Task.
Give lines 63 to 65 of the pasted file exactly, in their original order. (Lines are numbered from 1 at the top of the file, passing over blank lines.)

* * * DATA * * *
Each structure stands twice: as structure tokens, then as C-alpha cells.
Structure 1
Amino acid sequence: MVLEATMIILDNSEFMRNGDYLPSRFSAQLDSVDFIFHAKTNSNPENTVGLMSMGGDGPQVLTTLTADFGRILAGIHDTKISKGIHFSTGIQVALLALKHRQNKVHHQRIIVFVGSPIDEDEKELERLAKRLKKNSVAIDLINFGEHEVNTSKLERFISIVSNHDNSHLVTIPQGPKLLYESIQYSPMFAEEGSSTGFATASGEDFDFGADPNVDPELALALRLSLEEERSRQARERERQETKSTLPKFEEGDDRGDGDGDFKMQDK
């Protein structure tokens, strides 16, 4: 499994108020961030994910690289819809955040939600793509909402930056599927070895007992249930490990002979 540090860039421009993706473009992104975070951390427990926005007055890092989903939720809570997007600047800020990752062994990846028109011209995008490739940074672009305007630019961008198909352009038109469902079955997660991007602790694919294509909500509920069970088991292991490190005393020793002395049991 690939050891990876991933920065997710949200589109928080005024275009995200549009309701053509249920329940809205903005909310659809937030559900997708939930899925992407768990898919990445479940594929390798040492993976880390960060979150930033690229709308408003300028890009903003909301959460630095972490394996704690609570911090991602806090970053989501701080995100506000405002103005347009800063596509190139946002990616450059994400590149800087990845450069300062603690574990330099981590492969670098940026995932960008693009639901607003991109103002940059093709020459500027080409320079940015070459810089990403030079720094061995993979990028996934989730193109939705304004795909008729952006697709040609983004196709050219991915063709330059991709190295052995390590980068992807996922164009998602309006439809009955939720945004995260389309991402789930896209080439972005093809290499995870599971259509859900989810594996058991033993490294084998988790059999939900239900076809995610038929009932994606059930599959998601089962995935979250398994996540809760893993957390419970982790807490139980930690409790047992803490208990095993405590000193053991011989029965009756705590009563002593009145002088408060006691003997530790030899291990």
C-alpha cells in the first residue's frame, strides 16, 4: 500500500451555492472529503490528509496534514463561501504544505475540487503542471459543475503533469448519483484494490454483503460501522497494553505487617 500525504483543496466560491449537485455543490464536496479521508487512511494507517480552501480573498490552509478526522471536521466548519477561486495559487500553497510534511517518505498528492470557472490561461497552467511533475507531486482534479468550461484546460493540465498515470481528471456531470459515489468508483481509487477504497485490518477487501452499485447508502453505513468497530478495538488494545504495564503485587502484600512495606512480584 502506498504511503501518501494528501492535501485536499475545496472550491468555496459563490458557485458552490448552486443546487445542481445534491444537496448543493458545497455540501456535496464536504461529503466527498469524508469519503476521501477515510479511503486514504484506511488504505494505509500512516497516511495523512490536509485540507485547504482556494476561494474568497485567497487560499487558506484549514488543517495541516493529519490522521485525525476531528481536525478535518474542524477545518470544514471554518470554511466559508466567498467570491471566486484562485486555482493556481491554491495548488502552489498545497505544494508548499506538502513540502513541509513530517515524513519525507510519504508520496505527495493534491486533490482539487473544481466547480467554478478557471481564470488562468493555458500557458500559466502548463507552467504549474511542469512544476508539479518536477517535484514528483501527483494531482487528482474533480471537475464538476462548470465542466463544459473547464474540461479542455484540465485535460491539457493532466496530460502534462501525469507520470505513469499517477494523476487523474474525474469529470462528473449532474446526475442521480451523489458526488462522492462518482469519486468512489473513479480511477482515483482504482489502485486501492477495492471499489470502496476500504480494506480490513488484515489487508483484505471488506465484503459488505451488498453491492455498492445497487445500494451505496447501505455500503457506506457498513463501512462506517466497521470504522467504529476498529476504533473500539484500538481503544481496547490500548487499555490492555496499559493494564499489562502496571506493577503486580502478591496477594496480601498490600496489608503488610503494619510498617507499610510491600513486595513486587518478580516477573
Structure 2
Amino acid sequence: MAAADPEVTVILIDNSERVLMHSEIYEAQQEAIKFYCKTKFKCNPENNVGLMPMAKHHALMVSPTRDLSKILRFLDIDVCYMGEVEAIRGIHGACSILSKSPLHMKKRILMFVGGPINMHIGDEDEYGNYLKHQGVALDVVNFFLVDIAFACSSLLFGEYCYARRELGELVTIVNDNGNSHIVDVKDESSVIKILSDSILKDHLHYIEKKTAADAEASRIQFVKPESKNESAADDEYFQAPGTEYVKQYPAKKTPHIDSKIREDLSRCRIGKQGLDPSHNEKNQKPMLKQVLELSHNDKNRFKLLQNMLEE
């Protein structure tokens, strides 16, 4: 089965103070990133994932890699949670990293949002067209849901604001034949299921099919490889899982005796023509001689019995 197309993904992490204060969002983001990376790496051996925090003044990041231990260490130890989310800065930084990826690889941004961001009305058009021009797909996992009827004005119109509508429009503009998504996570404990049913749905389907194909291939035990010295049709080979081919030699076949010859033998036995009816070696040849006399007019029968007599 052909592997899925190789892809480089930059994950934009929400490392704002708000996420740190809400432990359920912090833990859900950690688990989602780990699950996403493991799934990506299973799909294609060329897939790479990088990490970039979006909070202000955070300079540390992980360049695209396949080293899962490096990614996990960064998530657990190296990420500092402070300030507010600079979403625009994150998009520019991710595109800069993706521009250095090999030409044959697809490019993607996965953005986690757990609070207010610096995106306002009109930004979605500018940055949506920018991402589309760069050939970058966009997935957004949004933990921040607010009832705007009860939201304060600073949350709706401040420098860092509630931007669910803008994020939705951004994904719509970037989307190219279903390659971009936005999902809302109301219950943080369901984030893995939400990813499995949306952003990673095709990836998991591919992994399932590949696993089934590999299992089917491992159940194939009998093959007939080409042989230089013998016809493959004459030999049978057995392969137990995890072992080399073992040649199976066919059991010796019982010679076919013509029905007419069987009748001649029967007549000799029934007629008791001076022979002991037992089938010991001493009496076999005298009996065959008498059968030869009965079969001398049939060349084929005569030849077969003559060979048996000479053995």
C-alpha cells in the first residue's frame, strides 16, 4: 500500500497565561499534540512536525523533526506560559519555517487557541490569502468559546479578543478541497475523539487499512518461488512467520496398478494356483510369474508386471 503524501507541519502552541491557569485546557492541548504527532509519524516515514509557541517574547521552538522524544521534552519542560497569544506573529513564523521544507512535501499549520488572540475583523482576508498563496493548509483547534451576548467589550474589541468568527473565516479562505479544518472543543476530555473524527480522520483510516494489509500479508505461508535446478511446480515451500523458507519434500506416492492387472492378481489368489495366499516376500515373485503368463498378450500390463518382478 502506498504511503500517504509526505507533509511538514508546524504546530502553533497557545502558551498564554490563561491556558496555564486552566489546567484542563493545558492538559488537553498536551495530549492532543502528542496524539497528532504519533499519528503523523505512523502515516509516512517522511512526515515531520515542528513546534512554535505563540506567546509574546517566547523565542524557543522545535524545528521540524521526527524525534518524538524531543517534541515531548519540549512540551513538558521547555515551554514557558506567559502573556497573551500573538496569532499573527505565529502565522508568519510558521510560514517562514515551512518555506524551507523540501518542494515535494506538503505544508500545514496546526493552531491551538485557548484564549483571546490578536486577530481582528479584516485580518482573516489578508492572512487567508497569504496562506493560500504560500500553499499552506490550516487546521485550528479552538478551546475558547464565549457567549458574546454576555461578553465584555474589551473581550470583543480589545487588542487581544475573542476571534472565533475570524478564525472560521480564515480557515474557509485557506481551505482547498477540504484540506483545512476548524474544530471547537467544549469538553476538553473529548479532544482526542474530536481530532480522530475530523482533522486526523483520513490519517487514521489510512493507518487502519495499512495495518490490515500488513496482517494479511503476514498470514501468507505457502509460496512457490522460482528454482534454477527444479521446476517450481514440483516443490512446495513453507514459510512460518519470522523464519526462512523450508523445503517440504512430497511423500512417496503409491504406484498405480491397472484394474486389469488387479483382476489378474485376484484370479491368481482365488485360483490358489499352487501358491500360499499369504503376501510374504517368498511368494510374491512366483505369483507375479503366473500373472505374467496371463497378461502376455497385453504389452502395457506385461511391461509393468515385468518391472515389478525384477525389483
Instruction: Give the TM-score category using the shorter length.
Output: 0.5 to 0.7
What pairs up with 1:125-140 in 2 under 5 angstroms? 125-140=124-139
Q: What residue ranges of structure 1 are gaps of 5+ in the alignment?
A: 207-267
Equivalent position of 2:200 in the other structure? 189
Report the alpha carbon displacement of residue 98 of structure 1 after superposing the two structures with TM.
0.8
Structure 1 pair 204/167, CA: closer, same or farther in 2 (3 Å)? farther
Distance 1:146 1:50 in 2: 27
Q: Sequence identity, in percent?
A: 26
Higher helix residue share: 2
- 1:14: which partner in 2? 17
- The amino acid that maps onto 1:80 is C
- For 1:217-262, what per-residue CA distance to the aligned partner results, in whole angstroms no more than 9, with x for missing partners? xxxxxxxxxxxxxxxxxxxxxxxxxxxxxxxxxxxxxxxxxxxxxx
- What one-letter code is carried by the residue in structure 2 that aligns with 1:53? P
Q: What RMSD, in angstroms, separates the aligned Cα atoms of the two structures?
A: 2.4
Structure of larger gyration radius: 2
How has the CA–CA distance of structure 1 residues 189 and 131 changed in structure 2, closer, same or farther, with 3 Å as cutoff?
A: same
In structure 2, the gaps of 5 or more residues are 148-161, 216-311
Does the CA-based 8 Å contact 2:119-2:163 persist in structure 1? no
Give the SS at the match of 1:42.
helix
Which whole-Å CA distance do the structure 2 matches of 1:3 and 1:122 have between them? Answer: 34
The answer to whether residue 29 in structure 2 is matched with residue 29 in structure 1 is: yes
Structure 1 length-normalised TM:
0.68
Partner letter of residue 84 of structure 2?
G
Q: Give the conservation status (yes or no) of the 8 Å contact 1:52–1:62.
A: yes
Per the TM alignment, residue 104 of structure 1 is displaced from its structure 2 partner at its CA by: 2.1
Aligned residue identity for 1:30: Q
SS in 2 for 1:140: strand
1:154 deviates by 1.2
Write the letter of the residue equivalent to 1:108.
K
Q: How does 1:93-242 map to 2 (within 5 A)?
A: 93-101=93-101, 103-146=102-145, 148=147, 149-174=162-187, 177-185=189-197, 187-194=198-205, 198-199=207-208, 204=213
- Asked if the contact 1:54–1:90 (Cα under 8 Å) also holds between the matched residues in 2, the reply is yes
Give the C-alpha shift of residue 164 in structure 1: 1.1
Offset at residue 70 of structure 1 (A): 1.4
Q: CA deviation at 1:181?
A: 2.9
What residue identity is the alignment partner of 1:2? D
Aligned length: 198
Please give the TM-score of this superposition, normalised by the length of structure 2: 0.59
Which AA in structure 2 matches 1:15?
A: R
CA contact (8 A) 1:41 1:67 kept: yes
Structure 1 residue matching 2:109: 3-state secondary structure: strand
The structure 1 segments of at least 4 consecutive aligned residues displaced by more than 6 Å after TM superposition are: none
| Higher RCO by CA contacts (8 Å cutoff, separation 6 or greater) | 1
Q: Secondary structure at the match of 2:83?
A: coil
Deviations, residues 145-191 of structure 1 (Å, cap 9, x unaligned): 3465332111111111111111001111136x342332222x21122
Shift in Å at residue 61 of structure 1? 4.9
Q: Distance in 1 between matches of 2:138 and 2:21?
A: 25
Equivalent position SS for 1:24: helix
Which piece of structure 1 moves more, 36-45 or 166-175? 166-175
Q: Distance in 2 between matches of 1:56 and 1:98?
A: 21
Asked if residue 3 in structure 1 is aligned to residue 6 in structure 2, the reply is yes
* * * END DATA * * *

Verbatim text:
Structure 1 residue matching 2:109: 3-state secondary structure: strand
The structure 1 segments of at least 4 consecutive aligned residues displaced by more than 6 Å after TM superposition are: none
| Higher RCO by CA contacts (8 Å cutoff, separation 6 or greater) | 1